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James Brierley was born in October 1896 in Pendlebury and baptised at Pendlebury Christ Church on 21 October that year.  His father was Peter Brierley (b. 1861 in Chorley), a clay miner in a brick works.  His mother was Elizabeth Nuttall (b. 1862 in Pendlebury).  Peter had moved around and changed jobs, originally he was a cotton piecer then by 1901, a carter, until ending up in the brick works.  He and Elizabeth were married in 1890 and they had 6 children though 2 died in infancy.  The survivors were: Ethel (b. 1891), Annie (b. 1893), then James, and finally Albert (b. 1898).  In 1911, the family were living at 21 Gower Street, Pendlebury.  James had just started work (aged 14) as a milk lad.


James probably enlisted in 1915 (he turned 19 at the end of the year).  He joined the Lancashire Fusiliers, was assigned service number 36841 and posted to 19th Battalion.  James’ medal record says he was transferred at some stage to 3/5Bn and then moved back again.  19th (Service) Battalion (3rd Salford) (Pioneers) – to give it its full title – was formed in Salford in 1915 and landed in France in November that year.  In August 1916 it was placed under orders of 49th (West Riding) Division as a Pioneer Battalion.  3/5Bn was attached to 197th Brigade in 66th (2nd East Lancashire) Division.  They landed in France in March 1917 and were disbanded in Belgium on 14 February 1918.  We can’t be sure when precisely James was transferred between battalions but he may have been with 49th Division in 1917 when they fought at Operation Hush and later at the Battle of Poelcapelle (9 October).  But he was definitely with them by the beginning of 1918.


Around this time, James may have received news that his father had died: Peter died in February 1918, aged 57.


In 1918, the Division fought during the second phase of the German Spring Offensive – Operation Georgette or the Battle of the Lys (7-29 April).  Specifically, they were engaged at Estaires (9-11 April), Messines (10-11 April), Bailleul (13-15 April), the First Battle of Kemmel (17-19 April) and the Second Battle of Kemmel (25-26 April).  On 7 April, the Bn was in the line near Gheluvelt and they were relieved the following day.  On 10 April, they were moved to Neuve Église where they attempted to hold the line in the face of the enemy assault.  Neuve Église fell to the Germans on 13-14 April and on 15 April the Bn withdrew to Kemmel Hill.  The Kemmel Hill is a height commanding the area between Armentières and Ypres.  The Germans attacked on 17-19 April, but were repulsed.  The French sent reinforcements but on 25 April, the Germans made another sudden attack.  This time they were successful and captured the hill, but they could make no further advance.  They took another hill – Scherpenberg – on 29 April, but by this time it was clear that Operation Georgette could not achieve its objectives and it was called off.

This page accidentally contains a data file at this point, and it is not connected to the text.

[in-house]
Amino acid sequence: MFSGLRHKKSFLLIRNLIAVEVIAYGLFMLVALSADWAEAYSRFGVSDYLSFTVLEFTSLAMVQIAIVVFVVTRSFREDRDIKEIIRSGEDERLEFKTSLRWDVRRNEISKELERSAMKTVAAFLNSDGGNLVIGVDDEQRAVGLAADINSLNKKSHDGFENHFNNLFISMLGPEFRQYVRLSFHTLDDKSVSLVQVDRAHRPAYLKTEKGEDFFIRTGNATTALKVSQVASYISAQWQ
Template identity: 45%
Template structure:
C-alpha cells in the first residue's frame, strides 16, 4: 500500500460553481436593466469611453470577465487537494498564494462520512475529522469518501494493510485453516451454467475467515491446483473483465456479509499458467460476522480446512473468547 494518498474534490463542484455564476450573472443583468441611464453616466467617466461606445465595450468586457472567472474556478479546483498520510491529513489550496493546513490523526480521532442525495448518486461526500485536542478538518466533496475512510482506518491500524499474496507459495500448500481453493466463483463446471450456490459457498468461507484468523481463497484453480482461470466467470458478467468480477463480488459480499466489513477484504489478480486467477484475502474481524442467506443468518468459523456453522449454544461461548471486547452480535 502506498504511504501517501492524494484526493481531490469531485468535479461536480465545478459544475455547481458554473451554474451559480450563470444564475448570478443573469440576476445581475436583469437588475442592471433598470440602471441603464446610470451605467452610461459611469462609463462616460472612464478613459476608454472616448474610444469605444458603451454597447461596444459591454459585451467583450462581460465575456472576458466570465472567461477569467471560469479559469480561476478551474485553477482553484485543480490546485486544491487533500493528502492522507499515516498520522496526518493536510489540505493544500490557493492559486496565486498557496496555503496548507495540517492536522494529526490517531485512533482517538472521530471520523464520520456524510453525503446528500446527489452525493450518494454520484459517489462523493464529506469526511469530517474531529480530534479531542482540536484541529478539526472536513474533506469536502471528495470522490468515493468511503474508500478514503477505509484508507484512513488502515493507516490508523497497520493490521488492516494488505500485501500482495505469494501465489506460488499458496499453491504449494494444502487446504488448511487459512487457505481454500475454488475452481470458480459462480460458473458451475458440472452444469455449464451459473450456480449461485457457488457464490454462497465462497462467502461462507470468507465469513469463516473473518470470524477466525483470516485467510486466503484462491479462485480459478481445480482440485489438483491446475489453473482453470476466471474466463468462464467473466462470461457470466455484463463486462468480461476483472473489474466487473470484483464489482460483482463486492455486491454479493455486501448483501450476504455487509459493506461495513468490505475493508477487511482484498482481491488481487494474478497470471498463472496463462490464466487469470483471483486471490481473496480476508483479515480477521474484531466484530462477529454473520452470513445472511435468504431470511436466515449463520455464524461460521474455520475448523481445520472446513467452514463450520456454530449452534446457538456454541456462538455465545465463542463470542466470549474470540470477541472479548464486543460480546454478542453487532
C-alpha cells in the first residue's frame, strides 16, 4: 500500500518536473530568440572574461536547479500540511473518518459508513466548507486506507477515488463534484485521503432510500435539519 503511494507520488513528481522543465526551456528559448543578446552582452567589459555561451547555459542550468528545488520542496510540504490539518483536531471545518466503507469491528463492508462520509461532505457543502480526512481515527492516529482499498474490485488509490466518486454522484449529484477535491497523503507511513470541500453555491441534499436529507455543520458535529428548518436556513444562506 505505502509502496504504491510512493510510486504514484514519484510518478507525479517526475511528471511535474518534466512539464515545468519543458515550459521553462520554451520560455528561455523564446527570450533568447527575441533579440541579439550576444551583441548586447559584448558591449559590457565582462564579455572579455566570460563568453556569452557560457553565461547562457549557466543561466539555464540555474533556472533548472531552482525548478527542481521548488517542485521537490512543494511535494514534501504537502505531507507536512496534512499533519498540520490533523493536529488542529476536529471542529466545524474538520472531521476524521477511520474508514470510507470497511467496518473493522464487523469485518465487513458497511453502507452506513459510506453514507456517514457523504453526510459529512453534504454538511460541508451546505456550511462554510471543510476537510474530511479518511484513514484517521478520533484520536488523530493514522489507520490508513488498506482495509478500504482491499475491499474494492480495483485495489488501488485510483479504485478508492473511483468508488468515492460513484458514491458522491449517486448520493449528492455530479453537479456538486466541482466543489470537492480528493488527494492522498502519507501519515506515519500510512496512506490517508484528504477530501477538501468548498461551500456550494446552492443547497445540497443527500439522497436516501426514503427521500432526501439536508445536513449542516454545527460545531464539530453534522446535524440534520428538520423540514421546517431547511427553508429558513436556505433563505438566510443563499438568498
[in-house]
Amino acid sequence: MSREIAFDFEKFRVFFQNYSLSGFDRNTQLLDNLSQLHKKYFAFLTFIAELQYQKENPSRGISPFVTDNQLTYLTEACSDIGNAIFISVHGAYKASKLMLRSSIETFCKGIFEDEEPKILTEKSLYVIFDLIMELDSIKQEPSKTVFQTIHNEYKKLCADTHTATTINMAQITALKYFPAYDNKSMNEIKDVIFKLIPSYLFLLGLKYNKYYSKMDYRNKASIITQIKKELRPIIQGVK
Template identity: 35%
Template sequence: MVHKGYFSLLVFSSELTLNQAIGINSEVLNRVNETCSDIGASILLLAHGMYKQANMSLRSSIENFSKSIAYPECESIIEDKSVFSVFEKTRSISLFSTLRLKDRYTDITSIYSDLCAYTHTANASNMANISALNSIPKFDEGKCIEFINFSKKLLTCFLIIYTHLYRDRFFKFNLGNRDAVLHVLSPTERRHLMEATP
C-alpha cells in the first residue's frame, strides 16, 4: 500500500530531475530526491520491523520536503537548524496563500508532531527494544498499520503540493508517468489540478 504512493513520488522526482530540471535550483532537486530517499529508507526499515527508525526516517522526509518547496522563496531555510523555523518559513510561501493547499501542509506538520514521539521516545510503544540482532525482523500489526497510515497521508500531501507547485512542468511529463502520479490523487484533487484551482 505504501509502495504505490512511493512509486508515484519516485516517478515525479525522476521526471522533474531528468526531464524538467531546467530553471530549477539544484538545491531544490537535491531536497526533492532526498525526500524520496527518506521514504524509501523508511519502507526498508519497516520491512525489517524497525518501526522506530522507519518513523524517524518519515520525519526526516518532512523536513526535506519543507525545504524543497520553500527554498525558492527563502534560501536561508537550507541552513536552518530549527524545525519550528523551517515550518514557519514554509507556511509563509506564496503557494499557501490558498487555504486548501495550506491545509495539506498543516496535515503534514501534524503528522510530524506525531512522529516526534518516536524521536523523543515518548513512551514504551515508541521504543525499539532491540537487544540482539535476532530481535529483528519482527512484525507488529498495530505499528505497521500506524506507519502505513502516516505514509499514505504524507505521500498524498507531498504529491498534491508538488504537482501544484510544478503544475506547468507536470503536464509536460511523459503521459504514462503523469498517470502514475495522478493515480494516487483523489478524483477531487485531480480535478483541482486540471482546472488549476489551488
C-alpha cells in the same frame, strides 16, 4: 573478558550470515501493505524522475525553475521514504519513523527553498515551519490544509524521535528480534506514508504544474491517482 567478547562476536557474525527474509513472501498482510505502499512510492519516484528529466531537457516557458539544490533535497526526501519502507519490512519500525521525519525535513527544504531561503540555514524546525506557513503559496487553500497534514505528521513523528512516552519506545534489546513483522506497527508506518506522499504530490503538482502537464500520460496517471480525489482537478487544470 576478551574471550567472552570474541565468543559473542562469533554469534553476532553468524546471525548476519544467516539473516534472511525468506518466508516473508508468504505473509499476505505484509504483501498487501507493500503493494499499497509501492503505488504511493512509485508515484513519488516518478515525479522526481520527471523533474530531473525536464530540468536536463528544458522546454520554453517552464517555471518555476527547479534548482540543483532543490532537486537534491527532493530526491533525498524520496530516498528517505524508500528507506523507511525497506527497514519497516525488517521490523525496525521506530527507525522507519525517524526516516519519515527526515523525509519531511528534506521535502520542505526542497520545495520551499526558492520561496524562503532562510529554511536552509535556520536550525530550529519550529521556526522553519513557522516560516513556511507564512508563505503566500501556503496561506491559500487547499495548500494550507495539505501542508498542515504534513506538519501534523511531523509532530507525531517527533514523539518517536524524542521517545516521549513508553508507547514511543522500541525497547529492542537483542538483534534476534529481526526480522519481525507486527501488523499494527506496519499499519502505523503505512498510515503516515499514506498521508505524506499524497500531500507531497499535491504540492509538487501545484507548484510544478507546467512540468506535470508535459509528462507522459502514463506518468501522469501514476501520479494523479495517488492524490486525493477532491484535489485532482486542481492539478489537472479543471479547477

During the various phases of this campaign in April 1918, 19 Bn had 94 officers and men killed, 30 of them on 25 April, including James Brierley, who was 21 years old.


Rank:  Private

Service Number: 36841

Date of Death:  25/04/1918

Aged: 21

Regiment/Service:  Lancashire Fusiliers, 19th Bn

Grave/Panel Reference: Panel 54 to 60 and 163A.

Cemetery/Memorial: TYNE COT MEMORIAL

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